Essay Question from 2008 Civ Pro Exam
Essay Question from the 2008 Civ Pro Exam

Essay Question from the 2008 Civ Pro Exam

Question 7 

X (a domiciliary of Nevada) established a trust for the benefit of twin brothers: P (a domiciliary of Oregon) and Y (a domiciliary of Oregon). Upon reaching the age of 50, P will receive 75% and Y 25% of the value of the trust. At the age of 25, P sued the trustee of the trust, D (a domiciliary of Nevada), in the federal district court for Northern District of Georgia. P alleged that D wrongly claimed ownership of a $200,000 parcel of land in the Northern District of Georgia. The land, P argued, belonged to the trust. Y testified as a witness in the case. The jury determined that the land is in fact D’s and the federal court issued a judgment for D.

Soon afterward, D dies and Z inherits his estate. Within a year, Y sues Z in state court in Georgia. Y claims that the $200,000 property that Z inherited in fact belongs to the trust. Z claims that Y is issue precluded from relitigating whether the property belongs to the trust. How should the state court rule?

 ANSWER

First of all, it’s worth noting the Erie problem lurking in this question. We are trying to determine the issue preclusive effect of a judgment of a federal court sitting in diversity in Georgia. Which law applies – federal law or Georgia law? Semtek is not exactly on point, since it said only that state law applies to the claim preclusive effect of a dismissal, on statute of limitations grounds, issued by a federal court sitting in diversity.

But since you don’t know either Georgia or federal law on the particular issue preclusion question, I expected you only to identify the Erie problem without resolving it. You had to answer the question simply by relying on what you know in general about the law of issue preclusion.

One element of the question is easy – Z, as a successor in interest, is surely in privity with D. (We discussed this in class.) For this reason, whatever issue preclusion arguments D could have offered had he been sued by Y, Z can offer against Y as well. Accordingly, this is not an example of nonmutual issue preclusion, since the person taking advantage of issue preclusion was a party or in privity with a party in the earlier action.

But there is a problem with Z (or D) being able to issue preclude Y. Y was not a party in the earlier action. (Being a witness is not the same as being a party.) Nor can one say that Y was in privity with P. The mere fact that both P and Y had similar interests (getting as much into the trust as possible) is insufficient to create a relationship of privity. Consider the Showworld case (discussed in the 2008 class), in which the landlord and the tenant had similar interests (that the tenant would not be evicted) and yet no relationship of privity was found.

It is true that P had as strong an incentive to show that the land was part of the trust as Y would. But that is not enough to show privity. Consider a plane crash in which many people, including P and Y, were harmed. P suffered $150K in damages, and Y $50K in damages. It is true that P has at least as strong an incentive as Y to show that the airline was negligent. But it would be wrong to issue preclude Y from litigating the airline’s negligence simply because P had sued the airline individually and lost.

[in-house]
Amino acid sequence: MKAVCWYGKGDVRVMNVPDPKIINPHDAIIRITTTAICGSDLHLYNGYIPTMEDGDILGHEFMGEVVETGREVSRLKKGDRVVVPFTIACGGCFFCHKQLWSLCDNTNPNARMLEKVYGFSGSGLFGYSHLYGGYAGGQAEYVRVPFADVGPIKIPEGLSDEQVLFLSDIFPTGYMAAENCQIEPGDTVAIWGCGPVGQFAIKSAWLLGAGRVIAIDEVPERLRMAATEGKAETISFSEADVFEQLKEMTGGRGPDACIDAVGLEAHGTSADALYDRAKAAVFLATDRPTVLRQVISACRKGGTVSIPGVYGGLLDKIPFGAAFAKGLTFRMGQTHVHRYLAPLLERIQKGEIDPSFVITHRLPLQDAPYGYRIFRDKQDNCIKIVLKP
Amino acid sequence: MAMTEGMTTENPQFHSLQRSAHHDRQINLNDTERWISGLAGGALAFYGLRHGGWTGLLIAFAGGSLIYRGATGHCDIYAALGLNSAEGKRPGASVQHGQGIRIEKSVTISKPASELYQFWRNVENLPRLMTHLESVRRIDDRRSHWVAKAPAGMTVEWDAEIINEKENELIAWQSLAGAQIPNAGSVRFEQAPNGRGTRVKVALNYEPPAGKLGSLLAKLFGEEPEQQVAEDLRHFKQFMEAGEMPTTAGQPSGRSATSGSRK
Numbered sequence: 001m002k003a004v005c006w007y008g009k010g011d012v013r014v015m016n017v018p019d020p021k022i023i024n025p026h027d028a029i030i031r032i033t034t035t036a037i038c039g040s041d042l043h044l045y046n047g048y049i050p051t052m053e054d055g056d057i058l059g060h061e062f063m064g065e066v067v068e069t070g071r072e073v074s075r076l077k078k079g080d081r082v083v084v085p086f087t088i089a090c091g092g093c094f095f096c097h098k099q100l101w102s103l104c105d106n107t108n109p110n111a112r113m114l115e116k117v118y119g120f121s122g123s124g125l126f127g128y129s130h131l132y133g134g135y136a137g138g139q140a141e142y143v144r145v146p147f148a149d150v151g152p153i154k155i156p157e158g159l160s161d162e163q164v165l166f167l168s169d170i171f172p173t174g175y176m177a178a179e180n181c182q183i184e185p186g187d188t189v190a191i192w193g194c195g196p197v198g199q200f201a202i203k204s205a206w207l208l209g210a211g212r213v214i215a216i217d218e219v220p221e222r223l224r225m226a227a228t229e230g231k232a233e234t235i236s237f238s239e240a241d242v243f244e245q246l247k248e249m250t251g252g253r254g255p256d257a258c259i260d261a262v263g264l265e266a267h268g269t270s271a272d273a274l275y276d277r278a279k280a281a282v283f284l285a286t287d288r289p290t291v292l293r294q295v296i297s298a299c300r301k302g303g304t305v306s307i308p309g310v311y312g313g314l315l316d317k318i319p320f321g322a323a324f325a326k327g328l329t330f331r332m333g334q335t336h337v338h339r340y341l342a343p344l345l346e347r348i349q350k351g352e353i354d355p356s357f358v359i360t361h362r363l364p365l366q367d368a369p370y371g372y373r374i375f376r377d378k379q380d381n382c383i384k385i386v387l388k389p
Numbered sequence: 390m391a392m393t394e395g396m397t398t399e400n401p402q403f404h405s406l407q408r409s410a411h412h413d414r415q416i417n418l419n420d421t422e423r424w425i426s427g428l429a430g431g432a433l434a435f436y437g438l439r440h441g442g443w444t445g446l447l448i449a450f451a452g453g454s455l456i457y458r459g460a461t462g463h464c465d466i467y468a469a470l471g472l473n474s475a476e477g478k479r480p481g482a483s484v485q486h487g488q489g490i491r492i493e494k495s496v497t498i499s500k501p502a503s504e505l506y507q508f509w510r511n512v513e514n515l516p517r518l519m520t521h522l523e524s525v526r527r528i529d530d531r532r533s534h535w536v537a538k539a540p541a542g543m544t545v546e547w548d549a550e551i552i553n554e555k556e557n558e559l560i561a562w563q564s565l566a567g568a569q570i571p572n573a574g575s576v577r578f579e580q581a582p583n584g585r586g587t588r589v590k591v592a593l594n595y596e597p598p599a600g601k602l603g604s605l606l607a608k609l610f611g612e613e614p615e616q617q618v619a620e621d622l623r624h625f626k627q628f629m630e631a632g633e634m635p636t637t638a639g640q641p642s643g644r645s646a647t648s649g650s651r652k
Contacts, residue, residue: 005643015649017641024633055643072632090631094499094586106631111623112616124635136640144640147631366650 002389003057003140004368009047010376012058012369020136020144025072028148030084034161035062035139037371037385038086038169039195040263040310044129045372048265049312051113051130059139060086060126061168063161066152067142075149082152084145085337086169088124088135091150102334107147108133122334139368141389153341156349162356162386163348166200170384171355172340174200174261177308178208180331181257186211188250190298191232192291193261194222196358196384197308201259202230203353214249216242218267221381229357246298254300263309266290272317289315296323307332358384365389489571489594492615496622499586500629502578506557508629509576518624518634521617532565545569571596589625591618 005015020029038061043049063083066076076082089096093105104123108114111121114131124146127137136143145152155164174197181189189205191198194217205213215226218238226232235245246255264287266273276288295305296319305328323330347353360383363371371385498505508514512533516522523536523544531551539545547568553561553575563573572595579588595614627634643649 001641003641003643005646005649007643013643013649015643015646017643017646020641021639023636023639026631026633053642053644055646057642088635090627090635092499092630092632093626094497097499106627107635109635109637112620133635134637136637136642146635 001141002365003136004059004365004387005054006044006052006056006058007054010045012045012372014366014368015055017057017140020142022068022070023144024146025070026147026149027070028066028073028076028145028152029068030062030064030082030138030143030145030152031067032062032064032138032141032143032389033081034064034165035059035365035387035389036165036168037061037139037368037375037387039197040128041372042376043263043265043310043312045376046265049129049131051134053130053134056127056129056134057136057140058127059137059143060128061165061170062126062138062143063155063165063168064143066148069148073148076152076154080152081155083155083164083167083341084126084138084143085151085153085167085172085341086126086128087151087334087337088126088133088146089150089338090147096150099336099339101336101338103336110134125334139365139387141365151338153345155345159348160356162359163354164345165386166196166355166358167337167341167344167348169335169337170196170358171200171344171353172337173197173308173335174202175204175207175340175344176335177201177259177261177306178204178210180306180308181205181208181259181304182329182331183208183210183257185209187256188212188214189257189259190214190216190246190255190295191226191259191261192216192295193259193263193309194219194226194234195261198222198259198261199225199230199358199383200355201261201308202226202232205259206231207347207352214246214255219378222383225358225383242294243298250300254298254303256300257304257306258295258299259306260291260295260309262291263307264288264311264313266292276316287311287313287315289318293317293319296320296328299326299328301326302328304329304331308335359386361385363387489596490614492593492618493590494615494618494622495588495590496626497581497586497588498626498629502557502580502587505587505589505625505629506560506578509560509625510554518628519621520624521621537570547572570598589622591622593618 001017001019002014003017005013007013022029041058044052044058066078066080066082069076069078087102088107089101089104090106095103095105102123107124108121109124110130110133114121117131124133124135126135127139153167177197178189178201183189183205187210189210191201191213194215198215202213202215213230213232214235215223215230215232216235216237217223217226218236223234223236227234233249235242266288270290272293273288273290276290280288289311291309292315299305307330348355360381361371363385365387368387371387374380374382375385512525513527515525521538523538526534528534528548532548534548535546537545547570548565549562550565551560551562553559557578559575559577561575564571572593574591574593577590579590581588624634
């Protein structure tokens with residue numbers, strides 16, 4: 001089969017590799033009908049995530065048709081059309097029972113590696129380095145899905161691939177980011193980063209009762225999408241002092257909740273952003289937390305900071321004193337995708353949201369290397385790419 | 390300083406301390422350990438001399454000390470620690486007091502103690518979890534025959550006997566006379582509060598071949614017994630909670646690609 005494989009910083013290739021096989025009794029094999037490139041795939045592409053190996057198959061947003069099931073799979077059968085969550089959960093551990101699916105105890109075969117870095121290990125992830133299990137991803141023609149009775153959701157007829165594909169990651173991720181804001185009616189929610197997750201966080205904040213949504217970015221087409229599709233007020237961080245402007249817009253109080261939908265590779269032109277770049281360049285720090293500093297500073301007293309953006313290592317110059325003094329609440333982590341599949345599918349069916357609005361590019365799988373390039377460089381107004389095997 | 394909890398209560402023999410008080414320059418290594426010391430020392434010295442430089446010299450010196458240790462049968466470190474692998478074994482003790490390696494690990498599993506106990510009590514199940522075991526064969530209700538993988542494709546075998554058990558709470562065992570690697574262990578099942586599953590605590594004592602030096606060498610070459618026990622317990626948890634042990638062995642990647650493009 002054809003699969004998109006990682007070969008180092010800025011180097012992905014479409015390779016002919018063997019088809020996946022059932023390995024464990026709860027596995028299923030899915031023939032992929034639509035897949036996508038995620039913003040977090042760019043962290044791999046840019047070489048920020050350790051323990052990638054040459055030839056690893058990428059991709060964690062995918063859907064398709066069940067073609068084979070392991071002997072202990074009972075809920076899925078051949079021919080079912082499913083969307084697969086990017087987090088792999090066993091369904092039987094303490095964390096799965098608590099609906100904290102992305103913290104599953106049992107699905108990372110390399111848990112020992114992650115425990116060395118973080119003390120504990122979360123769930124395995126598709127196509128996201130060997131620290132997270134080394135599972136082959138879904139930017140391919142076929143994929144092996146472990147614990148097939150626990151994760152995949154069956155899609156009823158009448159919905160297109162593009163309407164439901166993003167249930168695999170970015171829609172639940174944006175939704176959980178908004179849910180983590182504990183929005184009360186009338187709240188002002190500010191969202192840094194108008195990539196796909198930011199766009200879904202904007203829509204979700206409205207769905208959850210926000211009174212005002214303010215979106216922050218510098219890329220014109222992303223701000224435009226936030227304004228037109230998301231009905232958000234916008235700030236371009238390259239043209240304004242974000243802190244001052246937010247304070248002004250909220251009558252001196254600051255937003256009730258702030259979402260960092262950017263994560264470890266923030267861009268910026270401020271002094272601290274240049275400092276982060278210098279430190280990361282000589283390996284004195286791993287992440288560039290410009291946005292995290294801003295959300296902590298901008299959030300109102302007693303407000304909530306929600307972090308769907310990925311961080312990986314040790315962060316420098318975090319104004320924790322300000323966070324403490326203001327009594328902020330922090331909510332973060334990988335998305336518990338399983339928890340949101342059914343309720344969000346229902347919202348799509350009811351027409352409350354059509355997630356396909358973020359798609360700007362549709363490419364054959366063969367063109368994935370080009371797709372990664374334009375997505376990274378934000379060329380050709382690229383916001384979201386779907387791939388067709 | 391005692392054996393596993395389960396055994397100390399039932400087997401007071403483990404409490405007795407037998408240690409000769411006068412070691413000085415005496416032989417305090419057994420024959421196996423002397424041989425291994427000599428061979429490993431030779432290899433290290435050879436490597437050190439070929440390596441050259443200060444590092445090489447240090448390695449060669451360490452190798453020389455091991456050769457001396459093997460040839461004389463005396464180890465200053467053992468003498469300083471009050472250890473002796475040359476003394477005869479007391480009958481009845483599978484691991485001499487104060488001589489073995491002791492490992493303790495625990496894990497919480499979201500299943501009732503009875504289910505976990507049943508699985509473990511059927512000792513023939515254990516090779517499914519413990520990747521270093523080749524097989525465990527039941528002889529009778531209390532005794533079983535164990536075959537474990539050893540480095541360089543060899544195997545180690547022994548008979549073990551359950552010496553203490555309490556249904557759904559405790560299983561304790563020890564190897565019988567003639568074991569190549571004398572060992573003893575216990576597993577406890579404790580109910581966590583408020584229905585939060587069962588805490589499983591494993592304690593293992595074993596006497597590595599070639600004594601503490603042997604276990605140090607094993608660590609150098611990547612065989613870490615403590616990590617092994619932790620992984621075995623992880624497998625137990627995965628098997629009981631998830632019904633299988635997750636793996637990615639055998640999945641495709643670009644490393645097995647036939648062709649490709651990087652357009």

If there is no privity between Y and P, there is a problem with issue precluding Y, since the general rule is that someone who is not a party or in privity with a party in an earlier action cannot be issue precluded.

But there is a problem with not allowing issue preclusion too. If we don’t D (and Z) could be whipsawed. This is because Y was a necessary party in the earlier action. Y claims an interest in the property and is so situated that disposing of the action in Y’s absence will leave D (and Z) subject to a substantial risk of incurring inconsistent obligations. See FRCP 19(a). Even though it was determined with respect to P that D rather than the trust owns the property, it could later be determined with respect to Y that the trust, rather than D, owns the property. This is intolerable. Does poor D (and Z) own the property or not?

As we discussed in 2008 in connection with the Showworld case, there is a current tendency (on the cutting edge of issue preclusion law) to hold a necessary party who could have intervened but failed to do so issue precluded. The scenario in this question is a particularly strong case for such preclusion. Some of you pointed to such considerations as a reason to say that there was privity between P and Y. I’m not sure this should be called privity, but what mattered was that you recognized the argument for issue preclusion.

Could Y have intervened? Since he was a witness, he certainly knew about P’s action against D. The only problem is SMJ since Y’s action was for only $50K (25% of $200K property). But there would have been SMJ for Y’s action against D for two reasons. First of all, P and Y were asserting a common and undivided right in the property, see Shields v Thomas, 58 U.S. (17 How.) 3 (1855), so Y should be able to aggregate his action against D with P’s $125K action against D to get above the jurisdictional minimum. Second, even if aggregation were not allowed, Y’s action would have supplemental jurisdiction under Kennedy’s theory in Allapattah (discussed in 2008). (I’ll leave it to you to figure out why.)

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